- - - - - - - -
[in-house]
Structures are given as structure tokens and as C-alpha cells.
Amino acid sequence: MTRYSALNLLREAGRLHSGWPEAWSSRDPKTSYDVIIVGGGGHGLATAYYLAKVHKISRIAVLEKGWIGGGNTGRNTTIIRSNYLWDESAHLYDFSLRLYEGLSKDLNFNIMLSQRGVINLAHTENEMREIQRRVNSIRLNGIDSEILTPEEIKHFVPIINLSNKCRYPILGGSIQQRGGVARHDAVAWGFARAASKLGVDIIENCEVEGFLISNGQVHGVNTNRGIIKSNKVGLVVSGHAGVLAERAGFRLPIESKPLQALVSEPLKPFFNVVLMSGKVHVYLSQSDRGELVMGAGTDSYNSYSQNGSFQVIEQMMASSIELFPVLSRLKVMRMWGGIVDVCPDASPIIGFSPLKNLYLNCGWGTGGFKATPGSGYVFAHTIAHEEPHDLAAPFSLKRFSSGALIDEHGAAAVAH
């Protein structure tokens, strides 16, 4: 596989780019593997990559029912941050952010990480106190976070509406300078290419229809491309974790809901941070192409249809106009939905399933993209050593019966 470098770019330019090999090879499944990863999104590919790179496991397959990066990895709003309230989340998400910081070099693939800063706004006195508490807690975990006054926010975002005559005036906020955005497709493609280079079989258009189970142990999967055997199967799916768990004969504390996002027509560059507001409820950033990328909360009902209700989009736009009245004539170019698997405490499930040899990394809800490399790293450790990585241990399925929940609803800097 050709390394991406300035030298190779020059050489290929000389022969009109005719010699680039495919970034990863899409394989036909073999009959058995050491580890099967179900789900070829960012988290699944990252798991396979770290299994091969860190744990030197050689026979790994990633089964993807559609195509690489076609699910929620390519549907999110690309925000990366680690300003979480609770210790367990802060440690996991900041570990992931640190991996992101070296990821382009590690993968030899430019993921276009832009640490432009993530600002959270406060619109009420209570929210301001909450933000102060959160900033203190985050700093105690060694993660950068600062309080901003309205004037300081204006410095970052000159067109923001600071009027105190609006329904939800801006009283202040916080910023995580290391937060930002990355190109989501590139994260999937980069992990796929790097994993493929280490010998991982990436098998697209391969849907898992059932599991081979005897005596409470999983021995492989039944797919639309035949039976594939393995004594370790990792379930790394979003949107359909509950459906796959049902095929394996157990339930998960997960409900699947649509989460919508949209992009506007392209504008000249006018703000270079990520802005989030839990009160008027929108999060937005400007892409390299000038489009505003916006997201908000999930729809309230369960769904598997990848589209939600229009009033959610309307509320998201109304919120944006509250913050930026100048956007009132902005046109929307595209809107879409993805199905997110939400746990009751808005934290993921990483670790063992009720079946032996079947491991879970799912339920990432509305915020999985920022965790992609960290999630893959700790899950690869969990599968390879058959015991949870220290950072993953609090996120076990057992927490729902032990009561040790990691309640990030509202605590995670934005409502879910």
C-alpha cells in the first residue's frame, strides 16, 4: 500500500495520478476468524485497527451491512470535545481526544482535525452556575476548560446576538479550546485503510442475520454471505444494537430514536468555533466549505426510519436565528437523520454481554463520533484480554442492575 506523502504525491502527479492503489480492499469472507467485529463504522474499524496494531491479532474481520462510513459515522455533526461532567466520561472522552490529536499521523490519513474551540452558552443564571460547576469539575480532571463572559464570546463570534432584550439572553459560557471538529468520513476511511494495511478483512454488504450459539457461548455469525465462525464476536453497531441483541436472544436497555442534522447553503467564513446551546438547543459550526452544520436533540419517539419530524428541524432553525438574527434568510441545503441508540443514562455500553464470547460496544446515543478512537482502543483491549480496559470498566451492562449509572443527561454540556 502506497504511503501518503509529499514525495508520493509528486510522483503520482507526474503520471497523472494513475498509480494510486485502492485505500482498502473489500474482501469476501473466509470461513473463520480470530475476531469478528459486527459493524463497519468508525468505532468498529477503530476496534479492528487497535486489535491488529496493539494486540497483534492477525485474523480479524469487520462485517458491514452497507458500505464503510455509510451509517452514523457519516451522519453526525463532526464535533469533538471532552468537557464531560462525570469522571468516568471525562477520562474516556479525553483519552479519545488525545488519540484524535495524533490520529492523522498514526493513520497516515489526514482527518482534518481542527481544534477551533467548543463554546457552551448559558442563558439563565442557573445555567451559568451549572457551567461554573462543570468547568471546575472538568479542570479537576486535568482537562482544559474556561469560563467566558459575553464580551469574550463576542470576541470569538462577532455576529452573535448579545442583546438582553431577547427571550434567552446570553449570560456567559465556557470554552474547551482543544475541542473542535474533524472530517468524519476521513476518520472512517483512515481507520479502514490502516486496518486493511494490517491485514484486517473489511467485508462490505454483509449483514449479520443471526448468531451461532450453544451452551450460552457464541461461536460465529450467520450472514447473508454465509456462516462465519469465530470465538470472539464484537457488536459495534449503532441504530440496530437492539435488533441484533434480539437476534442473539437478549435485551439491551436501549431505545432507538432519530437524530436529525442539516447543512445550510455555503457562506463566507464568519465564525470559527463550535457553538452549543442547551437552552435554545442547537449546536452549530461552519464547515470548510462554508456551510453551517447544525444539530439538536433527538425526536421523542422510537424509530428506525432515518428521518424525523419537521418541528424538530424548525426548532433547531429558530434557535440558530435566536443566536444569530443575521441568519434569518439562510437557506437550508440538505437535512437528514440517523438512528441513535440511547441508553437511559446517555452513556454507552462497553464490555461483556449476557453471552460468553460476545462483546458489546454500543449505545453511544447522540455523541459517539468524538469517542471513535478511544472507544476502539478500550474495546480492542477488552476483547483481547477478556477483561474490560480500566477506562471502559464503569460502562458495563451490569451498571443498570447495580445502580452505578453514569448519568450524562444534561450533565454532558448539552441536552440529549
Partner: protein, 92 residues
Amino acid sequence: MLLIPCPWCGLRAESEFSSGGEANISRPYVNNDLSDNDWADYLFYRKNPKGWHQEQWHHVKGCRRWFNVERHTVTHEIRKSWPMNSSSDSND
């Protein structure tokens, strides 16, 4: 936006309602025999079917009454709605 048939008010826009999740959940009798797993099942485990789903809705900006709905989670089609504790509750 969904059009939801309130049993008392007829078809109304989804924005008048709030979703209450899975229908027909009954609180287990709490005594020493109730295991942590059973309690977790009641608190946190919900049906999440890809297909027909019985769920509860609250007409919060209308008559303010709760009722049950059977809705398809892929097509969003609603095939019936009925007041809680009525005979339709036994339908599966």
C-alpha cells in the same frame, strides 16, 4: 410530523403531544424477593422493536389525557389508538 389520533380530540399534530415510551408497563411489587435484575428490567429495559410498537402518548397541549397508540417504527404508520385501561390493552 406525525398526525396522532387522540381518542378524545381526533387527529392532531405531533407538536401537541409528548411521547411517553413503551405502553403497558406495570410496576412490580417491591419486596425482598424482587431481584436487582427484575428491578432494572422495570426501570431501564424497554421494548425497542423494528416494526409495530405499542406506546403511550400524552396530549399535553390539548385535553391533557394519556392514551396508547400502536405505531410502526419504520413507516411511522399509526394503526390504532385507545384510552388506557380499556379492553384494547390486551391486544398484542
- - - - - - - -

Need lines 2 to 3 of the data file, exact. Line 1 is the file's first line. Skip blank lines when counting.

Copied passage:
Structures are given as structure tokens and as C-alpha cells.
Amino acid sequence: MTRYSALNLLREAGRLHSGWPEAWSSRDPKTSYDVIIVGGGGHGLATAYYLAKVHKISRIAVLEKGWIGGGNTGRNTTIIRSNYLWDESAHLYDFSLRLYEGLSKDLNFNIMLSQRGVINLAHTENEMREIQRRVNSIRLNGIDSEILTPEEIKHFVPIINLSNKCRYPILGGSIQQRGGVARHDAVAWGFARAASKLGVDIIENCEVEGFLISNGQVHGVNTNRGIIKSNKVGLVVSGHAGVLAERAGFRLPIESKPLQALVSEPLKPFFNVVLMSGKVHVYLSQSDRGELVMGAGTDSYNSYSQNGSFQVIEQMMASSIELFPVLSRLKVMRMWGGIVDVCPDASPIIGFSPLKNLYLNCGWGTGGFKATPGSGYVFAHTIAHEEPHDLAAPFSLKRFSSGALIDEHGAAAVAH